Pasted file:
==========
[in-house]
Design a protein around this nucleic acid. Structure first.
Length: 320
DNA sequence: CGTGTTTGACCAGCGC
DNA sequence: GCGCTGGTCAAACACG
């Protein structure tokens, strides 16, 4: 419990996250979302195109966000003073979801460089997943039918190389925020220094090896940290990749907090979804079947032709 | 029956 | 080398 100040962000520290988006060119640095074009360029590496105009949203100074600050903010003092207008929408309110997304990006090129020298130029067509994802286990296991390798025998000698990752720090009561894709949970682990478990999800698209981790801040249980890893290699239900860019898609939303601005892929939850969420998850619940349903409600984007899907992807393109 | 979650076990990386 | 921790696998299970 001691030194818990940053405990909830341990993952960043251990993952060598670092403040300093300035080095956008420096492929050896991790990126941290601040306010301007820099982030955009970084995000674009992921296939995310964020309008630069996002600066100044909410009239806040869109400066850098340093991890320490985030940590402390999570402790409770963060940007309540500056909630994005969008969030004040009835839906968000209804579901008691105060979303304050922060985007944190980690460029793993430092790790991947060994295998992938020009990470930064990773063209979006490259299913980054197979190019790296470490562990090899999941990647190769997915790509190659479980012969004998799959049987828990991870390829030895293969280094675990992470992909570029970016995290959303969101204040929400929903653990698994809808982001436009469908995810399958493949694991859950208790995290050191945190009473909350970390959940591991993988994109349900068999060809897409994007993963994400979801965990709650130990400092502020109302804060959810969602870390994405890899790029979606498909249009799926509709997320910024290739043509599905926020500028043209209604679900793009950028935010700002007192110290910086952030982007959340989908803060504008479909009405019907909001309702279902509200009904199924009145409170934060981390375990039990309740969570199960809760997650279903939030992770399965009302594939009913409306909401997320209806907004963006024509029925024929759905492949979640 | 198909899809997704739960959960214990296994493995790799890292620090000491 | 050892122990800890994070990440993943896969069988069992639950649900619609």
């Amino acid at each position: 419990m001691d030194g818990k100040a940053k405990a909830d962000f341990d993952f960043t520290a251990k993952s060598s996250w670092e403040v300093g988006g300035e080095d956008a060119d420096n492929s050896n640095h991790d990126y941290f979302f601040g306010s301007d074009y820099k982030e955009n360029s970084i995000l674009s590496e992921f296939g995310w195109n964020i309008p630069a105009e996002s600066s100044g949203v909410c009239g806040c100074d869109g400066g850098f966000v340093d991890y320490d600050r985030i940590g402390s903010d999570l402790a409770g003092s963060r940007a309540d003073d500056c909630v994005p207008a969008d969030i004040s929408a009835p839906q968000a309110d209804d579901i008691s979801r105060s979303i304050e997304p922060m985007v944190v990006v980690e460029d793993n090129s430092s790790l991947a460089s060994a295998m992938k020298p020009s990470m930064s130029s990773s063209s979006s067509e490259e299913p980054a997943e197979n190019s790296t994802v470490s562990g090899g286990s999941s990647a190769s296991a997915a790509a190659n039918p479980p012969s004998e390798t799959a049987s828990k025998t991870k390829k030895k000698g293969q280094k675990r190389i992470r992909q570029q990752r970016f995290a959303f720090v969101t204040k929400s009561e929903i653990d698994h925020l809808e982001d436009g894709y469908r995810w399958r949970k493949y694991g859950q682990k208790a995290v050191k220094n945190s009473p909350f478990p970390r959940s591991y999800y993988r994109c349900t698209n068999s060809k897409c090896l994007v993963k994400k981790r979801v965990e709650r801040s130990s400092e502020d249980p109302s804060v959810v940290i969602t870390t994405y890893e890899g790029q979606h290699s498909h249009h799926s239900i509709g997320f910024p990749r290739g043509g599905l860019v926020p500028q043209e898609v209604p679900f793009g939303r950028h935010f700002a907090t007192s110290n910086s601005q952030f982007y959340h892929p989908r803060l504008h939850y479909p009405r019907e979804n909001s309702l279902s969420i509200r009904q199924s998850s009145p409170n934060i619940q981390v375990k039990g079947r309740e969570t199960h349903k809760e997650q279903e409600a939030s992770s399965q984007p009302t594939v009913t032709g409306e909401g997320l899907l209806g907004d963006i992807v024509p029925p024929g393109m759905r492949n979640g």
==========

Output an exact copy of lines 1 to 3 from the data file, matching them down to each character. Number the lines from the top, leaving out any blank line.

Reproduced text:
[in-house]
Design a protein around this nucleic acid. Structure first.
Length: 320